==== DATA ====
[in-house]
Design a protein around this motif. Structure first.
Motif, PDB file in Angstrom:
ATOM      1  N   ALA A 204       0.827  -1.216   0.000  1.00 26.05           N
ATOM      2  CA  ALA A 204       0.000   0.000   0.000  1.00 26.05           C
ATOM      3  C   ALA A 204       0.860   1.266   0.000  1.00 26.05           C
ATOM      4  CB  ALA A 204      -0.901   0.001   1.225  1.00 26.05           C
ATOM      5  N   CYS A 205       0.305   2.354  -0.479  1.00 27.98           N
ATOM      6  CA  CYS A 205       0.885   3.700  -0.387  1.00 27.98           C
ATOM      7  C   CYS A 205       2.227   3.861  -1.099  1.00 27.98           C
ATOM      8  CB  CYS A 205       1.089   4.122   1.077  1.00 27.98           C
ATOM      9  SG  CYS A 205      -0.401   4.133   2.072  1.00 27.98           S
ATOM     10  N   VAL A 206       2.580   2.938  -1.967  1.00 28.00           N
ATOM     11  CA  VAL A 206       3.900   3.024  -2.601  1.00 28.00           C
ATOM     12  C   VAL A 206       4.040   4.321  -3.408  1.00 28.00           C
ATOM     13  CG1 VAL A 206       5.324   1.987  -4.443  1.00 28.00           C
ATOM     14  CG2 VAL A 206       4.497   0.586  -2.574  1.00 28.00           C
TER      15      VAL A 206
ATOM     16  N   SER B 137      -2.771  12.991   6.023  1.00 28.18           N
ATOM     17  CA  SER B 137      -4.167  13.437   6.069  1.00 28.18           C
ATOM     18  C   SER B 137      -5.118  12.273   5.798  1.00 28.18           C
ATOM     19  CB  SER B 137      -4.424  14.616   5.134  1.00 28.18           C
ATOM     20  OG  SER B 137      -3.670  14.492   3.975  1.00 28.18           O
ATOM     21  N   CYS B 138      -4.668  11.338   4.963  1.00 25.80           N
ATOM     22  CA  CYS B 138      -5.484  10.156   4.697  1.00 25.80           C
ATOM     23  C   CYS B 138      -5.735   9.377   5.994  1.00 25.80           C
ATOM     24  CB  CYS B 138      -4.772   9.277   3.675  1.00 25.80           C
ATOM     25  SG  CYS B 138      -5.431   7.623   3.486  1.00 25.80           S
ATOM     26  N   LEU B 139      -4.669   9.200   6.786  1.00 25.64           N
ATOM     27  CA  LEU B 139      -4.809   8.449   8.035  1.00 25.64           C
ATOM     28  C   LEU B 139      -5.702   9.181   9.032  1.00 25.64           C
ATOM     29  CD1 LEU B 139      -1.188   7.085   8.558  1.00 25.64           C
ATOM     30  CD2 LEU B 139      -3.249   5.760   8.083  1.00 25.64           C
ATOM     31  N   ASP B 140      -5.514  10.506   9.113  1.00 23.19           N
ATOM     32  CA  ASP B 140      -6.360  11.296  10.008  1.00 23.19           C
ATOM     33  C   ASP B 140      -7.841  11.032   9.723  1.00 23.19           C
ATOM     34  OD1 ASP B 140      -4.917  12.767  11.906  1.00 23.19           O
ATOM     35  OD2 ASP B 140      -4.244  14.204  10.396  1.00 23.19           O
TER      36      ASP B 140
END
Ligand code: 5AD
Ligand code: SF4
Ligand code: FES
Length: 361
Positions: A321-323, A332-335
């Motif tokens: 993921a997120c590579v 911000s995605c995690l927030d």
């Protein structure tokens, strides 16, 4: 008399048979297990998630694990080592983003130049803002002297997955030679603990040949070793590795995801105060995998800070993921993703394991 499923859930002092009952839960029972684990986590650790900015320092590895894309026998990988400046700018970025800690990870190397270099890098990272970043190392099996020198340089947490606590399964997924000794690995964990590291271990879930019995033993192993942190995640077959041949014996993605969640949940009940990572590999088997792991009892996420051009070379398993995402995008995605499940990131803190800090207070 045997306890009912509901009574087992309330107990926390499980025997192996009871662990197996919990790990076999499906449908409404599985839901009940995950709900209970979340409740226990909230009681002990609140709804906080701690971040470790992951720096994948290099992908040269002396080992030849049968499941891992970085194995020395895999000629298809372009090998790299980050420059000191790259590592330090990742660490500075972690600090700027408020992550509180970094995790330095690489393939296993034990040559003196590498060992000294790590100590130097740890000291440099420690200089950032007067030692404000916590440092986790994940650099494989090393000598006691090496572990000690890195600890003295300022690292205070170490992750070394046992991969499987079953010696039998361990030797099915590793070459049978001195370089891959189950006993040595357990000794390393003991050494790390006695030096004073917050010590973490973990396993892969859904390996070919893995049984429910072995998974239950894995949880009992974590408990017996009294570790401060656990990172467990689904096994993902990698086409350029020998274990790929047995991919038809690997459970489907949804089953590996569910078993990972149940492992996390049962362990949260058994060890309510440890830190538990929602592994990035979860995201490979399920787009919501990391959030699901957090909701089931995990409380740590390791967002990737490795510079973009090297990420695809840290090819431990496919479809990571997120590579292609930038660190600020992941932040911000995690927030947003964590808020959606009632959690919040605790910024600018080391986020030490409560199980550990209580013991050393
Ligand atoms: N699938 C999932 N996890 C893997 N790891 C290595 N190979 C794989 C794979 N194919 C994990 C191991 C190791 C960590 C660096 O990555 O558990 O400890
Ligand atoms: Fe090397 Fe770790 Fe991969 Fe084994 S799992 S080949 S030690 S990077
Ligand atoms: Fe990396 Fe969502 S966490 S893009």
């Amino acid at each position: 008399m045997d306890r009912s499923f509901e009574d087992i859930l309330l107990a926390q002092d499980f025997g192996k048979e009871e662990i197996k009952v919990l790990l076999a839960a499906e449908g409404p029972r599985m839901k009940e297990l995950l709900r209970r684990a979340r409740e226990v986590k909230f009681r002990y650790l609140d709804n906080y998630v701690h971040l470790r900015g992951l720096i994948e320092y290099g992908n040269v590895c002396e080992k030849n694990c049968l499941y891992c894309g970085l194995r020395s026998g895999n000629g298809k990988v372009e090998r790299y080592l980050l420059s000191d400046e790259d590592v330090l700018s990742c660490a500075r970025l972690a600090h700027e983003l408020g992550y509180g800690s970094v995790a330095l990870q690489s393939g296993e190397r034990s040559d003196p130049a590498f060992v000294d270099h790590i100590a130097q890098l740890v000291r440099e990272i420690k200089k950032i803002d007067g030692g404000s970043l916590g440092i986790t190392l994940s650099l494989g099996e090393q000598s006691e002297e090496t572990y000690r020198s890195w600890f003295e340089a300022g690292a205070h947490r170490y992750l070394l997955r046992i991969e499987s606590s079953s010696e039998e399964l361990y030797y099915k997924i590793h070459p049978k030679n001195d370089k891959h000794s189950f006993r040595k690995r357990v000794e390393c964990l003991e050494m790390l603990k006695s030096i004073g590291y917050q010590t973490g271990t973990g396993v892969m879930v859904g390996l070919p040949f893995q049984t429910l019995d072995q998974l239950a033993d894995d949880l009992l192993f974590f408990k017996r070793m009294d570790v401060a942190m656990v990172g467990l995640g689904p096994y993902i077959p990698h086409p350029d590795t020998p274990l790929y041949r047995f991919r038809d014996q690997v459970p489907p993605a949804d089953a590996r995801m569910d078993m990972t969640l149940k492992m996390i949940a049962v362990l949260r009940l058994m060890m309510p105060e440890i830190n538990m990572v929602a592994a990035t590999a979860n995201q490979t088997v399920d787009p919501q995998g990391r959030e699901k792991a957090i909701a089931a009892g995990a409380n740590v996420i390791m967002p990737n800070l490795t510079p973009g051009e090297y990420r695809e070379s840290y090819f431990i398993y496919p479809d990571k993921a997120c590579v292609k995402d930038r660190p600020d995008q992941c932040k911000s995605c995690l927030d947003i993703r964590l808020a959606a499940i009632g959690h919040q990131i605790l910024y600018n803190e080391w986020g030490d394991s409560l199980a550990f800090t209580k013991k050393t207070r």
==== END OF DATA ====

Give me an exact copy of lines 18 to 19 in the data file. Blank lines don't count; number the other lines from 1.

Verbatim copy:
TER      15      VAL A 206
ATOM     16  N   SER B 137      -2.771  12.991   6.023  1.00 28.18           N